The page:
September 2, 2013
The possibility of reducing Basic Allowance for Housing rates clearly would have an immediate effect on troops’ wallets by forcing them to pay more out of pocket for housing. But it also could affect another aspect of their quality of life: privatized housing.
The Pentagon’s recent Strategic Choices and Management Review recommended, among other things, looking at reducing housing allowances.
The Defense Department is considering the idea among many, as officials try to determine how to make nearly $500 billion in additional cuts over the next decade under the automatic budget cuts known as sequestration.
“I have concerns as a former soldier any time there’s talk about reductions in pay and entitlements,” said Ivan Bolden, a retired Army colonel who is chief of Army privatization.
About 30 percent of military families are housed on installations, and about 70 percent live in the civilian community. Under the military family housing privatization initiative, most family housing on installations in the U.S. has been transferred to private companies. BAH is the only revenue stream for the operation, maintenance and future repairs and replacements of troops’ privatized housing. Troops receive their BAH, then pay rent to the privatization partner, generally through allotment.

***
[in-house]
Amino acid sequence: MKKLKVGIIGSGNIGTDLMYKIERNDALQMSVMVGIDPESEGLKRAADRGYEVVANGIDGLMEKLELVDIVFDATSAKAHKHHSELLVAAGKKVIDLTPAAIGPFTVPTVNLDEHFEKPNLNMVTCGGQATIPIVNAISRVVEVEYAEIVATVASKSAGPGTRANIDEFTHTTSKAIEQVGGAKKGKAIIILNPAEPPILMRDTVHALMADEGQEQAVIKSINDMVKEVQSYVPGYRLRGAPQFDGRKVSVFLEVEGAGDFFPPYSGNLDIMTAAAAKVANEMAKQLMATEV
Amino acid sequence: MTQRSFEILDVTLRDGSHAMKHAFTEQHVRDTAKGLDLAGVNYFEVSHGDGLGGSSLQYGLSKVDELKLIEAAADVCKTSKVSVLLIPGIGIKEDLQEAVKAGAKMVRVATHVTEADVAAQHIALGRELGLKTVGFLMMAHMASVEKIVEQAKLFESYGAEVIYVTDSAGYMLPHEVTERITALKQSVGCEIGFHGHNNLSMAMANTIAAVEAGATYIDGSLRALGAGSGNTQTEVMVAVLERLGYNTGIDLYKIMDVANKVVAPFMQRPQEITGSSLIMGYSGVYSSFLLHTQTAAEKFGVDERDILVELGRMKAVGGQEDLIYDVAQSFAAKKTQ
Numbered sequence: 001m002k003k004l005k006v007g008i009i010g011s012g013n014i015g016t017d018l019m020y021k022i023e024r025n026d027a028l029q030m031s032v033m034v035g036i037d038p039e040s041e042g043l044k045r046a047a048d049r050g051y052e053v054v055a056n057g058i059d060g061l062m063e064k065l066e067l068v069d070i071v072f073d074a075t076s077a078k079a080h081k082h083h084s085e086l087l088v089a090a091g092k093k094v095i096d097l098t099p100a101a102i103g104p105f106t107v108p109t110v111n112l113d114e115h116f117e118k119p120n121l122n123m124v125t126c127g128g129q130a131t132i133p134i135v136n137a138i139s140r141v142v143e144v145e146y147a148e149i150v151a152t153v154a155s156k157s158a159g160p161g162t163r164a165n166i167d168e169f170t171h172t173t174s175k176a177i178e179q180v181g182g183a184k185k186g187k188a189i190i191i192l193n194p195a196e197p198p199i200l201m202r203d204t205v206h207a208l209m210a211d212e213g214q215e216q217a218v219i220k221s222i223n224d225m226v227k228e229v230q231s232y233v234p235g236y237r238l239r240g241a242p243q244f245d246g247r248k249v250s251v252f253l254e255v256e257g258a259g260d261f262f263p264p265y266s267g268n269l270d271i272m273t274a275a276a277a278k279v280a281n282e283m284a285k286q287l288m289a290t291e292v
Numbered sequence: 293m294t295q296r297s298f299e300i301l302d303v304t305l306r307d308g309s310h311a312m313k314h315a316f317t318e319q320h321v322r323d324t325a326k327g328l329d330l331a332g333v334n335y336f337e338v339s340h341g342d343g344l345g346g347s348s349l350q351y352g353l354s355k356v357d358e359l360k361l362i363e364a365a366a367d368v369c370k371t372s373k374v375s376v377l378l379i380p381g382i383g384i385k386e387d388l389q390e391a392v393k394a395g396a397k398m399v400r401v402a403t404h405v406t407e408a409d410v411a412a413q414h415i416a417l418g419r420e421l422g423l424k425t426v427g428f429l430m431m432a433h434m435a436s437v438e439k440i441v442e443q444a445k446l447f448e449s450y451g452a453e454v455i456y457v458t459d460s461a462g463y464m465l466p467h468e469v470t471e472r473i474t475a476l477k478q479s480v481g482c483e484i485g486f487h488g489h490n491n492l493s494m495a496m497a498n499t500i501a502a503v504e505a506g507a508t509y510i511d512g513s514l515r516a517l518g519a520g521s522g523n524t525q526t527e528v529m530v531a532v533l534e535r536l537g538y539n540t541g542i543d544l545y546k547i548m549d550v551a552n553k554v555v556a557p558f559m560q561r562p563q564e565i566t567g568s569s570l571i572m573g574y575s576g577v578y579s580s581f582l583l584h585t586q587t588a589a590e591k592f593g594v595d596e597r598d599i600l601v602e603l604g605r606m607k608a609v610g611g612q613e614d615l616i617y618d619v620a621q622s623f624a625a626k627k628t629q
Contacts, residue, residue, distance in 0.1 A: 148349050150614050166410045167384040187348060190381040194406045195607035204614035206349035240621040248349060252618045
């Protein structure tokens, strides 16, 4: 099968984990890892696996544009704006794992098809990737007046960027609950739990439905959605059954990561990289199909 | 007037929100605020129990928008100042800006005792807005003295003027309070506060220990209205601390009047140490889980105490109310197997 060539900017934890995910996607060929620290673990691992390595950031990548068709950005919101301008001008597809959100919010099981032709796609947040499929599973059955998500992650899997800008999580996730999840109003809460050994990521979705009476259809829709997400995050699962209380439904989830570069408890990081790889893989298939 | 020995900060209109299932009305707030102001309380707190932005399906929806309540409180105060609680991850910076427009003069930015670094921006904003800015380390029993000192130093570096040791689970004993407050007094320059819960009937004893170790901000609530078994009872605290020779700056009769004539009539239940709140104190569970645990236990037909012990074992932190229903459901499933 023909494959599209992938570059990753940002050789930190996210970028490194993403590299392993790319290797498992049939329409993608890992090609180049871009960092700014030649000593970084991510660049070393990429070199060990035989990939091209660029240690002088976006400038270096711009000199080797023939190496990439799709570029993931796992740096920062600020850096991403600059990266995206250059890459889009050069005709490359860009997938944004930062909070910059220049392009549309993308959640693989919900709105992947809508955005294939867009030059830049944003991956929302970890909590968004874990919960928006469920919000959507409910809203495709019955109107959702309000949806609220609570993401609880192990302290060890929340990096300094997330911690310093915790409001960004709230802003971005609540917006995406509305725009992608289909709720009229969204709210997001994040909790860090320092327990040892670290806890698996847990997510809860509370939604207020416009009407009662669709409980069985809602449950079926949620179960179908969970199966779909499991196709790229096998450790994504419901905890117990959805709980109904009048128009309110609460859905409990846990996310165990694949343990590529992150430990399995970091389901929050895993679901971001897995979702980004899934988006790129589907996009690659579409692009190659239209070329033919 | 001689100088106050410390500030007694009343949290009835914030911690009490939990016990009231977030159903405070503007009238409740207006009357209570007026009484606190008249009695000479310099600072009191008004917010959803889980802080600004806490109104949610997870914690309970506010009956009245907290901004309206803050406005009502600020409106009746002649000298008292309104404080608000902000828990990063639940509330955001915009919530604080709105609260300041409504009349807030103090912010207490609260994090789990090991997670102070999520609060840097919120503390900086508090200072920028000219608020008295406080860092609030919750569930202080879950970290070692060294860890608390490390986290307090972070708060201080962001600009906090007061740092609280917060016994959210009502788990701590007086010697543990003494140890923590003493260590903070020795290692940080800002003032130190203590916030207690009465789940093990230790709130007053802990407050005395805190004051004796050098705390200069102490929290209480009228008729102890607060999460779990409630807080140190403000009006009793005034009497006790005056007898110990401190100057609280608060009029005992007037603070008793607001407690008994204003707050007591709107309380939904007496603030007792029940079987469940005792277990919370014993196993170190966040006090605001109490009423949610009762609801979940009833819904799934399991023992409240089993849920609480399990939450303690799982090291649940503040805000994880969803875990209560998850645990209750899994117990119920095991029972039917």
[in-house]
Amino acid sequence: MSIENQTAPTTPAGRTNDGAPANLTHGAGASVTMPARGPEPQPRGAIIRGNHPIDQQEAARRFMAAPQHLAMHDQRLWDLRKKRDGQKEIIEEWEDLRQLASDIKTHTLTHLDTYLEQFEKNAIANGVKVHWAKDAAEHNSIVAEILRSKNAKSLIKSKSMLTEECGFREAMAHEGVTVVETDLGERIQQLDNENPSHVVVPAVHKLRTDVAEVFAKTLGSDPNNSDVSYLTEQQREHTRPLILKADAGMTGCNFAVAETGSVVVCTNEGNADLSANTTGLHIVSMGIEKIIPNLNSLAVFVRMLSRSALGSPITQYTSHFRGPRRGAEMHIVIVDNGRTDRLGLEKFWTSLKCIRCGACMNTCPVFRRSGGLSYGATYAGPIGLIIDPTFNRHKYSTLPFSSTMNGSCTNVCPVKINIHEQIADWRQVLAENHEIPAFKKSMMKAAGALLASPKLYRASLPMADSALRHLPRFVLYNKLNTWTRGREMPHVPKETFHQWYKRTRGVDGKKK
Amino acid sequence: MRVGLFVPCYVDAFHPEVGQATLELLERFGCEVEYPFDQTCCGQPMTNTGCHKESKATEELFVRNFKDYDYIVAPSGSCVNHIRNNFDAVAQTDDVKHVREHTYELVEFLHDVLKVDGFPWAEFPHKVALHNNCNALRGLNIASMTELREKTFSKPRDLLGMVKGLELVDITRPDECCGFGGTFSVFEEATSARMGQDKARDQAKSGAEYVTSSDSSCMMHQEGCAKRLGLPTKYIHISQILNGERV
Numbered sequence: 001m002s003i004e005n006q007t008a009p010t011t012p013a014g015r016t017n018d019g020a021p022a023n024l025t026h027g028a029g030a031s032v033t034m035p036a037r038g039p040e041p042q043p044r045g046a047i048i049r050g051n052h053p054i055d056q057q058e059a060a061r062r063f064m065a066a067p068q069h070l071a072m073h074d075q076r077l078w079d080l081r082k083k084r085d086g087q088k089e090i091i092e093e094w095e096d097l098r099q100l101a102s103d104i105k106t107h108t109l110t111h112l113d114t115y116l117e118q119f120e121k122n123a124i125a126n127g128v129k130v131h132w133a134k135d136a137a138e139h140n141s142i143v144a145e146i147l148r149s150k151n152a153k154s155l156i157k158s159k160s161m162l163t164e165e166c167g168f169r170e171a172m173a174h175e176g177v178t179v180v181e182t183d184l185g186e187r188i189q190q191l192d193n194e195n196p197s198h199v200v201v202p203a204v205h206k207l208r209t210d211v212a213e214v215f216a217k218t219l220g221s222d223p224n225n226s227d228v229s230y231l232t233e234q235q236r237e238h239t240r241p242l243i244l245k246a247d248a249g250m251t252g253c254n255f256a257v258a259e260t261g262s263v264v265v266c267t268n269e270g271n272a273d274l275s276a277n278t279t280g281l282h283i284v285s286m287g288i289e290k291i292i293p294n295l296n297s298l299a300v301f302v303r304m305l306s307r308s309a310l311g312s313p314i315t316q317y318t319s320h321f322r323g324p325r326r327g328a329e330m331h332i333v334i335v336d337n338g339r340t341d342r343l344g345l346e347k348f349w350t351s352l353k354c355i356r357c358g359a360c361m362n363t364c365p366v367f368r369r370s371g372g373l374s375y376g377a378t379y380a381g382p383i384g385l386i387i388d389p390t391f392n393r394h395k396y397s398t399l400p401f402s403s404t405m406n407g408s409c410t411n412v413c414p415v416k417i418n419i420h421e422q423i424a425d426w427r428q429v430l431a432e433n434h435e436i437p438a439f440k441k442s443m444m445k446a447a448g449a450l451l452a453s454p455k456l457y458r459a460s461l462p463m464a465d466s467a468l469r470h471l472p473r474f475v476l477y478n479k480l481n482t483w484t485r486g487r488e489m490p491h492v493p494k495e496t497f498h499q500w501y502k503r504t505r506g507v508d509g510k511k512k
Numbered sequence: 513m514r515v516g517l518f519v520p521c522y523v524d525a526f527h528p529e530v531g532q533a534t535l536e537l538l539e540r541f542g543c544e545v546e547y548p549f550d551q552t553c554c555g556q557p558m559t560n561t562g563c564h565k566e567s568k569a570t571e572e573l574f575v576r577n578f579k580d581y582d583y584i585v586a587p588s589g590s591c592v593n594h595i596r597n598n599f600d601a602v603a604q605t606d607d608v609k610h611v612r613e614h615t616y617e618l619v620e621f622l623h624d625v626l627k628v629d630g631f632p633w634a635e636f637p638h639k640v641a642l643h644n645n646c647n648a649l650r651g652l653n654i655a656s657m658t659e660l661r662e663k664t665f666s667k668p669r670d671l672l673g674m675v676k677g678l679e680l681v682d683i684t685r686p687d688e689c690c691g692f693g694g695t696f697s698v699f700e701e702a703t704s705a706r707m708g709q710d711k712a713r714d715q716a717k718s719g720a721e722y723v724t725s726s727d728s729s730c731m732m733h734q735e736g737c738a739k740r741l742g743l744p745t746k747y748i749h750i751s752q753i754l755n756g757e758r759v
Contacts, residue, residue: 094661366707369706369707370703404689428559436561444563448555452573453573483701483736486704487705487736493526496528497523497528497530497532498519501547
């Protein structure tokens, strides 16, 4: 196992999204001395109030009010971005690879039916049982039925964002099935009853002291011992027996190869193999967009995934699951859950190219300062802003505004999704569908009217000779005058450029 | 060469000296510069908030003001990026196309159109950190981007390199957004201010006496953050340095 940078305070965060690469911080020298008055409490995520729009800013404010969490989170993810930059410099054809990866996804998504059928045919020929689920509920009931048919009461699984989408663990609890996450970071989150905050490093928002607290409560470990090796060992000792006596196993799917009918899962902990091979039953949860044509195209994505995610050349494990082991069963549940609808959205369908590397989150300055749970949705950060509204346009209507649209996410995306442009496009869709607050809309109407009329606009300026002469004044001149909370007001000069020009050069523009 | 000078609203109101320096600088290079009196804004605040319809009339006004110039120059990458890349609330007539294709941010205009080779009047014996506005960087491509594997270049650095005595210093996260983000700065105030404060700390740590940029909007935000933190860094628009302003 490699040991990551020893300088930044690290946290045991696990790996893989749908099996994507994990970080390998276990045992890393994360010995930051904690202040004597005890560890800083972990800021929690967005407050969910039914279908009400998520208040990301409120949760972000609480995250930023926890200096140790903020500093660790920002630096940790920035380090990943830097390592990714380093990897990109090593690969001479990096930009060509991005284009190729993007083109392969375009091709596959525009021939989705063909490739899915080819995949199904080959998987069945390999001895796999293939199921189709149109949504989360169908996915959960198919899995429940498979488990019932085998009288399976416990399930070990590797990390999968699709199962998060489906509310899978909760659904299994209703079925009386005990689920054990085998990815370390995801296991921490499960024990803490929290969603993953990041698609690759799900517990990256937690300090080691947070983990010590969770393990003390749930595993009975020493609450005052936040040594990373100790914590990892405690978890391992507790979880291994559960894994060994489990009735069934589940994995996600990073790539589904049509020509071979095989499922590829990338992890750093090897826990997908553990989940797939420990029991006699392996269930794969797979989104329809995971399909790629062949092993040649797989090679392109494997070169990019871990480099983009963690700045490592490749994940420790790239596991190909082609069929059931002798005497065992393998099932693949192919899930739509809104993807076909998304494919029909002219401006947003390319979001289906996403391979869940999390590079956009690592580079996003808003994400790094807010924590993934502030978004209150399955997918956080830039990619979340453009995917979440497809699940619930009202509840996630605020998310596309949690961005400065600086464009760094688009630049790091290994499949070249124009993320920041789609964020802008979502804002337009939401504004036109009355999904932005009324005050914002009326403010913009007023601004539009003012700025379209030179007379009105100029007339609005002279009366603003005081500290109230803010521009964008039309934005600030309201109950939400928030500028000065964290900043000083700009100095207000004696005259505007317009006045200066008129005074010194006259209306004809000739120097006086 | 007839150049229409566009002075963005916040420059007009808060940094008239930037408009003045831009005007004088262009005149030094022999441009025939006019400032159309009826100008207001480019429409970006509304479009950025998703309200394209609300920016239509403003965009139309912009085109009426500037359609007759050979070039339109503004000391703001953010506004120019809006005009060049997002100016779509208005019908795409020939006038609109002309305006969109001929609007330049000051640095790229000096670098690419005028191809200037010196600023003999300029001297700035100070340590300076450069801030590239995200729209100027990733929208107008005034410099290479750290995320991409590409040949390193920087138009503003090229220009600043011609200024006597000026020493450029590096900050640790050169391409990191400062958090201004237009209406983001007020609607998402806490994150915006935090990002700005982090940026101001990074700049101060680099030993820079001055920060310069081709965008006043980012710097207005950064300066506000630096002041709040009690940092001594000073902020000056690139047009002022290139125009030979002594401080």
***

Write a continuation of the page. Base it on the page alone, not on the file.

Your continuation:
The monthly payment, which is generally capped at the amount of BAH, is designed to cover the troops’ rent, their projected average use of utilities and renter’s insurance.
The companies have acquired hefty loans for the projects and they pay for all construction, renovation, operation and maintenance, relying solely on the BAH income from troops who choose to live there.
“BAH is fundamental to privatized housing project planning and the projects’ ability to deliver quality housing for airmen,” said Air Force spokeswoman Natasha Waggoner.
Companies are required to set money aside each month for future costs such as replacement of roofs, carpets and appliances, repairs, renovations, building replacement houses. “The sustainment piece is the beauty of [privatized housing] because we have that money set aside.”